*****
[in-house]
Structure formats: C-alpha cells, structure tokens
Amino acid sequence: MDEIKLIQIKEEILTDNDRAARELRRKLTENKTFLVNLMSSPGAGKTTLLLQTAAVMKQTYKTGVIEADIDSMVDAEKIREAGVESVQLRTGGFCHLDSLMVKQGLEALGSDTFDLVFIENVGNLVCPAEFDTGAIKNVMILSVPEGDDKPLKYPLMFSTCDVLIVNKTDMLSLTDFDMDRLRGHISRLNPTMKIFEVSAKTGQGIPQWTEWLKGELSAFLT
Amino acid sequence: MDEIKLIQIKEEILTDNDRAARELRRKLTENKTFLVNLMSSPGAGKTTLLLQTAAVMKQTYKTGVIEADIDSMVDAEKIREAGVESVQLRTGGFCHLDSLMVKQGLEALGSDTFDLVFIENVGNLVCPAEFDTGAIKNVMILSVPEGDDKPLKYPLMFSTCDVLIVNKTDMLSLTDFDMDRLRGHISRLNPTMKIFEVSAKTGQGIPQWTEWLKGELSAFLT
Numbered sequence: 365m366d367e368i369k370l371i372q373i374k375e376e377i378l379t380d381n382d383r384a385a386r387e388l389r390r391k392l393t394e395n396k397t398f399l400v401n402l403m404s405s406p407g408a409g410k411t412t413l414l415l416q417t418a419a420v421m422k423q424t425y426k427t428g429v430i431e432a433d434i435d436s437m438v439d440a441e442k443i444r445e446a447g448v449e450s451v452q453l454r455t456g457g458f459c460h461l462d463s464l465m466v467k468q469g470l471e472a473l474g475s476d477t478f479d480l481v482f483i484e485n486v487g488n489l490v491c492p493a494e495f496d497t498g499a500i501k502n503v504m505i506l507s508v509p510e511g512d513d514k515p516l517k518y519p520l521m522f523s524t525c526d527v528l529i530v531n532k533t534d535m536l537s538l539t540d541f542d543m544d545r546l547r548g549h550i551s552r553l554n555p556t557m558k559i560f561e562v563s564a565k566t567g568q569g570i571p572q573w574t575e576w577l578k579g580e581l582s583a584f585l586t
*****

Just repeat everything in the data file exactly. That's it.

[in-house]
Structure formats: C-alpha cells, structure tokens
Amino acid sequence: MDEIKLIQIKEEILTDNDRAARELRRKLTENKTFLVNLMSSPGAGKTTLLLQTAAVMKQTYKTGVIEADIDSMVDAEKIREAGVESVQLRTGGFCHLDSLMVKQGLEALGSDTFDLVFIENVGNLVCPAEFDTGAIKNVMILSVPEGDDKPLKYPLMFSTCDVLIVNKTDMLSLTDFDMDRLRGHISRLNPTMKIFEVSAKTGQGIPQWTEWLKGELSAFLT
Amino acid sequence: MDEIKLIQIKEEILTDNDRAARELRRKLTENKTFLVNLMSSPGAGKTTLLLQTAAVMKQTYKTGVIEADIDSMVDAEKIREAGVESVQLRTGGFCHLDSLMVKQGLEALGSDTFDLVFIENVGNLVCPAEFDTGAIKNVMILSVPEGDDKPLKYPLMFSTCDVLIVNKTDMLSLTDFDMDRLRGHISRLNPTMKIFEVSAKTGQGIPQWTEWLKGELSAFLT
Numbered sequence: 365m366d367e368i369k370l371i372q373i374k375e376e377i378l379t380d381n382d383r384a385a386r387e388l389r390r391k392l393t394e395n396k397t398f399l400v401n402l403m404s405s406p407g408a409g410k411t412t413l414l415l416q417t418a419a420v421m422k423q424t425y426k427t428g429v430i431e432a433d434i435d436s437m438v439d440a441e442k443i444r445e446a447g448v449e450s451v452q453l454r455t456g457g458f459c460h461l462d463s464l465m466v467k468q469g470l471e472a473l474g475s476d477t478f479d480l481v482f483i484e485n486v487g488n489l490v491c492p493a494e495f496d497t498g499a500i501k502n503v504m505i506l507s508v509p510e511g512d513d514k515p516l517k518y519p520l521m522f523s524t525c526d527v528l529i530v531n532k533t534d535m536l537s538l539t540d541f542d543m544d545r546l547r548g549h550i551s552r553l554n555p556t557m558k559i560f561e562v563s564a565k566t567g568q569g570i571p572q573w574t575e576w577l578k579g580e581l582s583a584f585l586t